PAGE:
Ipek Mutlu joined the advisory board of the Salonica Maroon Fund one year ago. She is managing director and head of international private equity at Esas Holding.  

Salonica Maroon fund 

In July 2021 Salonica launched the Salonica Maroon diversity- and sustainability-focused fund. Investments are made into ethnic minority and female- led businesses – the central thesis being that, on average, diverse firms outperform their peers. Business and sustainability cases must be approved by the Investment and the Sustainability Committees. Of course, proof of concept, revenue and profitability are key, too. Its final close is expected to be at £50m next year. 

Investments so far include: 

  • Creams Café, the UK’s largest dessert restaurant chain. It was founded in 2008 and has about 100 stores, operating on a franchised basis. The chain has created around 1,000 jobs across the UK. 
  • Super Fight League, a worldwide franchise of mixed martial arts leagues, which has held more then 50 events in the US, India and United Arab Emirates.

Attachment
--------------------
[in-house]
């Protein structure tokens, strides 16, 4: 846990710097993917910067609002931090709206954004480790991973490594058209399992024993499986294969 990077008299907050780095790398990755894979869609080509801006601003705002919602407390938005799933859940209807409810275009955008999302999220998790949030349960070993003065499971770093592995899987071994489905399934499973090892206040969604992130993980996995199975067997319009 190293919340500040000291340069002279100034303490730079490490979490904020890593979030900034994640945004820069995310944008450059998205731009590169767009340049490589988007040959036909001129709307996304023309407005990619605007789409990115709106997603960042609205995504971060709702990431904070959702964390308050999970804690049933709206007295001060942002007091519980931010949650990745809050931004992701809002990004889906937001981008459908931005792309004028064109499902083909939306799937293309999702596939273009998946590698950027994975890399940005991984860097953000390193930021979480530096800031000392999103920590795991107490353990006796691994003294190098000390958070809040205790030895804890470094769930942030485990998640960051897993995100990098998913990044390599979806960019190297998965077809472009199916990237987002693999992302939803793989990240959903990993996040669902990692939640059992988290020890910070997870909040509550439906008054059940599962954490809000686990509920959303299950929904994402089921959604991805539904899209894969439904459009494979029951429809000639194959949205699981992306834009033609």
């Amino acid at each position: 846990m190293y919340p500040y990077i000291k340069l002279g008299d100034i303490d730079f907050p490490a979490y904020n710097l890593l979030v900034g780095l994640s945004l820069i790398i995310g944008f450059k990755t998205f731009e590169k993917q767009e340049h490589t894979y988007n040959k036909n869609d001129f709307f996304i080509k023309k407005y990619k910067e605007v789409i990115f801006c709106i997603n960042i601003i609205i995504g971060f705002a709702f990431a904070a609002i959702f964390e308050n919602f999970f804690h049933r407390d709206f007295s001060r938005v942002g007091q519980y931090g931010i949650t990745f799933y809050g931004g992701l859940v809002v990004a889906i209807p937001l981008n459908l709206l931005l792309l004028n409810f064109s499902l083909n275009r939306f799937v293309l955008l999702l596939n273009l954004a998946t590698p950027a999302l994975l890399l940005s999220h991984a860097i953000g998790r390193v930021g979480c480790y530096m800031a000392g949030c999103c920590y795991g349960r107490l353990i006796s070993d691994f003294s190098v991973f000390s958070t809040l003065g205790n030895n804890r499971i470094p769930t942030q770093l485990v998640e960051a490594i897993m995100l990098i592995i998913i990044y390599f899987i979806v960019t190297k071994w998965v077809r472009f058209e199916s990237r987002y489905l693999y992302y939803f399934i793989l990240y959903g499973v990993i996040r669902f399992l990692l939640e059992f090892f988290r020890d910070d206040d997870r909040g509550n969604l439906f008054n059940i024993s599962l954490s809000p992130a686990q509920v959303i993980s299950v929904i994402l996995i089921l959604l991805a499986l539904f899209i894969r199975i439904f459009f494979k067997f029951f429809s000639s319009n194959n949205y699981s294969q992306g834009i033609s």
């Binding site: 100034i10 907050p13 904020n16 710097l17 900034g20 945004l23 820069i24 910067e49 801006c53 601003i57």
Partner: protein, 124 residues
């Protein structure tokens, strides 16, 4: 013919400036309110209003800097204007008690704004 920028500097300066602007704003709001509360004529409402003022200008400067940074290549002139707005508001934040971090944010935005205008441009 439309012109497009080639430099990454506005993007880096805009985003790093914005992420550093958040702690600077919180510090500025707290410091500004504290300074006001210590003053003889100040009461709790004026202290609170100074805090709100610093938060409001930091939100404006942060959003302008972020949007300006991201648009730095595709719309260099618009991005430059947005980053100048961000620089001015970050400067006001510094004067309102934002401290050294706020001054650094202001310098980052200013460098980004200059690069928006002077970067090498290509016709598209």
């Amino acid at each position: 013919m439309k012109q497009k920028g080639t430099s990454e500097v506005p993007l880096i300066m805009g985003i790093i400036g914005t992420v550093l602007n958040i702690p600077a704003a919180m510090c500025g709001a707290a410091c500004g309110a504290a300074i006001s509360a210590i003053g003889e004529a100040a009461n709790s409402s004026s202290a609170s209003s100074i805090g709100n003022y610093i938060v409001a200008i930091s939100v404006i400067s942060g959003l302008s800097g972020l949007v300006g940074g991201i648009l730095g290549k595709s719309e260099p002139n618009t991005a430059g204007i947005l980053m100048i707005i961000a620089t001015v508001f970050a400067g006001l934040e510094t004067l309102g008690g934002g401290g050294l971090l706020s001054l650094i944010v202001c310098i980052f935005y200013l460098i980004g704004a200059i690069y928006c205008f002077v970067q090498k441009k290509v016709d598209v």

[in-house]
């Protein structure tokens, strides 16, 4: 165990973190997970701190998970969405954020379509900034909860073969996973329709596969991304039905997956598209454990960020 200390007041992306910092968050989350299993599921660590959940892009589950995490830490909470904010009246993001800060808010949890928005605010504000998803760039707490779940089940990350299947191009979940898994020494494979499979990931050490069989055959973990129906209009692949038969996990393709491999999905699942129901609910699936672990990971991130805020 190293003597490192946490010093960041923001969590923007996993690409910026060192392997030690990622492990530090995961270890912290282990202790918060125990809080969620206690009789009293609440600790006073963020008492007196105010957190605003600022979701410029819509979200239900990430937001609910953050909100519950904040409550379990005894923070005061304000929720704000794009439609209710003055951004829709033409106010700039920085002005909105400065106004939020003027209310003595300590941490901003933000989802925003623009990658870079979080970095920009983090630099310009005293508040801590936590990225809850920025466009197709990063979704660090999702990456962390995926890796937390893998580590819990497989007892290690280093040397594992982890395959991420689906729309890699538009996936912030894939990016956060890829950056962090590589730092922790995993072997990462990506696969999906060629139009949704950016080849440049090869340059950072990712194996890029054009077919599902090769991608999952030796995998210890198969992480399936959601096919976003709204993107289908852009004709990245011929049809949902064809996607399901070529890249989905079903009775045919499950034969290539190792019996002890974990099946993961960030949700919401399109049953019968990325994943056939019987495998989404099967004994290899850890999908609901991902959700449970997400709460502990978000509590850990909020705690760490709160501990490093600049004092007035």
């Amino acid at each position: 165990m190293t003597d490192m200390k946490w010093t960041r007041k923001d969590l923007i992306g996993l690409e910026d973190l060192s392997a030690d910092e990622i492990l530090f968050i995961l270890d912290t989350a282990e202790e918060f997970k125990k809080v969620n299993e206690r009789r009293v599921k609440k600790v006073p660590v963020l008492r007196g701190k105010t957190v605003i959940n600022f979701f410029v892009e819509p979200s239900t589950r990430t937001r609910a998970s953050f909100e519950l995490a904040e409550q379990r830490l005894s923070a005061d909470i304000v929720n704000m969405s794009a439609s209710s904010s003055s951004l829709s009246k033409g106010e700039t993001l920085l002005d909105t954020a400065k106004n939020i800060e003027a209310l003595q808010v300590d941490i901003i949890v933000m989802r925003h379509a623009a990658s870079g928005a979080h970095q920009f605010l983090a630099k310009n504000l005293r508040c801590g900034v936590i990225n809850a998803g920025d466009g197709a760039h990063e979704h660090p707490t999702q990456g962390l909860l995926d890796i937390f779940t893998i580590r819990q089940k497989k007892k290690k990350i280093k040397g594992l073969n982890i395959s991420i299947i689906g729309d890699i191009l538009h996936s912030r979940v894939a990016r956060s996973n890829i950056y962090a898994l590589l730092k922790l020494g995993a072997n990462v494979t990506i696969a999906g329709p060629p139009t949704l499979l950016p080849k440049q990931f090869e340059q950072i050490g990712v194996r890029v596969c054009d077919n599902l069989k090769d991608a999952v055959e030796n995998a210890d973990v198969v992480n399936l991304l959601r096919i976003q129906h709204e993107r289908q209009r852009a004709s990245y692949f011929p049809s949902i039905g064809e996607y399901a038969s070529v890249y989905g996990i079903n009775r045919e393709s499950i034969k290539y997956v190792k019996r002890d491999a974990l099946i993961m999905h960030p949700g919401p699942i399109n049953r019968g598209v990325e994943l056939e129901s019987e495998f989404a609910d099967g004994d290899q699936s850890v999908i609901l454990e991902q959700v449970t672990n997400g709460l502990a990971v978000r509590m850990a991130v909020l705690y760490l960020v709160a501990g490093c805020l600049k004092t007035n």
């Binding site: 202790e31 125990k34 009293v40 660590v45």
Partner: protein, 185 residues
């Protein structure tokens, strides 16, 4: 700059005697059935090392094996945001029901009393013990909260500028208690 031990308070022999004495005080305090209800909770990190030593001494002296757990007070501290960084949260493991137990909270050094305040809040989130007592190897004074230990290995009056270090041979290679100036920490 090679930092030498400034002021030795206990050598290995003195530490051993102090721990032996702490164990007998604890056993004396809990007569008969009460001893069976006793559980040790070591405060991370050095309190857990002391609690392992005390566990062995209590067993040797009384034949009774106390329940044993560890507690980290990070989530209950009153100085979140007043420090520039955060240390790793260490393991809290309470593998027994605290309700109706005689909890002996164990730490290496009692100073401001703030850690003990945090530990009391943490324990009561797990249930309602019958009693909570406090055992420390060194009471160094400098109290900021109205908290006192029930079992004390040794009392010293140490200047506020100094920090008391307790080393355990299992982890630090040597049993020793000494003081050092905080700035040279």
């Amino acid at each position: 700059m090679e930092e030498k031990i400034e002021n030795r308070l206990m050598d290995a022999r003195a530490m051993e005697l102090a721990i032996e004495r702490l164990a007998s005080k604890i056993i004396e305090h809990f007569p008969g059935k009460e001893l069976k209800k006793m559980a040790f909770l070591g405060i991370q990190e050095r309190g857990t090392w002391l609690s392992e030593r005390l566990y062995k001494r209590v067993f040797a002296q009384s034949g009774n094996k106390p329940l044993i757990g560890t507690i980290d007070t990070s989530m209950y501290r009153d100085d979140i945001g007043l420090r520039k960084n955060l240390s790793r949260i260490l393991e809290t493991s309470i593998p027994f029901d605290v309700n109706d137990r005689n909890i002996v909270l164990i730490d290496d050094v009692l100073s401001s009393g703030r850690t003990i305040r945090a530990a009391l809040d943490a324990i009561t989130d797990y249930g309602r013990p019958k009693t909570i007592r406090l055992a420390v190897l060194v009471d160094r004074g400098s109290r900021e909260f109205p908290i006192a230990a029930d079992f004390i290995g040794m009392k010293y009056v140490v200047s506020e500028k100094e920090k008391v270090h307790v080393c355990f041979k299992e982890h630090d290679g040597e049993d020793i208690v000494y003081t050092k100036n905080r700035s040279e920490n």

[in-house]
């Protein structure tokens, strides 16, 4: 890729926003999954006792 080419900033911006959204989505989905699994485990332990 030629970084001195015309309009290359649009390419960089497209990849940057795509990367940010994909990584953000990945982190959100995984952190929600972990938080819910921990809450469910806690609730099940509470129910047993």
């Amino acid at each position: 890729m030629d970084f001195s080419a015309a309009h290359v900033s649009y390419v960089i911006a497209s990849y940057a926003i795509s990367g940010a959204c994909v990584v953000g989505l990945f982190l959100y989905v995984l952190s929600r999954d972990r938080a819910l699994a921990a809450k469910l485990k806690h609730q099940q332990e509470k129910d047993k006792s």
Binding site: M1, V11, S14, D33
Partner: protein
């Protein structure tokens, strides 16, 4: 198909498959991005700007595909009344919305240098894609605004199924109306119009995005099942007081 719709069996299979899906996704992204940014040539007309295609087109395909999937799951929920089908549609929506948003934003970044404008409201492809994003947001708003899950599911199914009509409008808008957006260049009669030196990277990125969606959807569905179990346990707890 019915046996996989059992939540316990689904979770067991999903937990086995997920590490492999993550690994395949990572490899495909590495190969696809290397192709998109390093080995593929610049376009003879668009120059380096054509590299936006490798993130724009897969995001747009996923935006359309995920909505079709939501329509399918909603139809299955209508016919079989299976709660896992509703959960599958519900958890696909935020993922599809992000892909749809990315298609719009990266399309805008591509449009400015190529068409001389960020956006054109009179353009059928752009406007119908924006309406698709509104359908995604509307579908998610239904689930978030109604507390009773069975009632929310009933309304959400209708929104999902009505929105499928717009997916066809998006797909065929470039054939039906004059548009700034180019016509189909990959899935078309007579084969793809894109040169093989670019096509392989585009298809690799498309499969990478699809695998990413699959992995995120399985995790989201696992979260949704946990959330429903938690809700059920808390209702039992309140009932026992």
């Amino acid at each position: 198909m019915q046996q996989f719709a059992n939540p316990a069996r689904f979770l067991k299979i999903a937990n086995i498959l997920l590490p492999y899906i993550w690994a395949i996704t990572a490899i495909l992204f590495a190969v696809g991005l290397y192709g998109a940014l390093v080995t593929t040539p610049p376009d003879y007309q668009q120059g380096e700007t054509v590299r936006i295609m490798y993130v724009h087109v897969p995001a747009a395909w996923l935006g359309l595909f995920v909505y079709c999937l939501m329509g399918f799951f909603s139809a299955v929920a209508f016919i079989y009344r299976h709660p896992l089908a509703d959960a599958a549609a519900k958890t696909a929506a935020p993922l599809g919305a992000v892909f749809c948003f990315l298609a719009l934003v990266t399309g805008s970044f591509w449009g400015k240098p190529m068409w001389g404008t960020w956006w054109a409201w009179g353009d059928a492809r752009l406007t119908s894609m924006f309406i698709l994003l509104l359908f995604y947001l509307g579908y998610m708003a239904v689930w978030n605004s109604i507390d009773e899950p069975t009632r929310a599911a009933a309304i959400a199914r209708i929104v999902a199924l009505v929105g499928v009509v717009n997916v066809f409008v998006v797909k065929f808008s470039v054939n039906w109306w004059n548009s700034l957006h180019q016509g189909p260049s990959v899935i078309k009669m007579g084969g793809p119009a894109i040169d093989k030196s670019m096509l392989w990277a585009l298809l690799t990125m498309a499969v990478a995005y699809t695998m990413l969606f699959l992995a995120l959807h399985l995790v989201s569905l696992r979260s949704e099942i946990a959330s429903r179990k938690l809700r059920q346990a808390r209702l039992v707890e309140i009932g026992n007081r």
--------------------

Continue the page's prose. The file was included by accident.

• Aaron Wallace, a specialist male grooming company catering for black men. It is a market leader in the UK, sold through ASOS, Sainsbury’s, Liberty and Saks Fifth Avenue.
  • Wahed – an ethical, Islamic-compliant fintech. 

Omar Majid is head of sustainability for the Maroon Fund. He says: “We want to demonstrate that diversity creates superior returns – this has already been shown by research, highlighting that firms scoring highly on various diversity metrics outperform their peers.” 

As well as investing, the plan is to take a hands-on role in companies, which has been the case with Creams. Salonica first advised Creams in 2018 and completed a majority buy-out in 2020. 

He says the fund will primarily invest in the UK consumer sector, with the remaining asset allocation being discretionary: “We have a great pipeline of deals lined up to invest in from the fund. We are looking at one in ethical fashion, another in ethical food and beverage, and we are also considering a very interesting business in disability tech.” 

Case study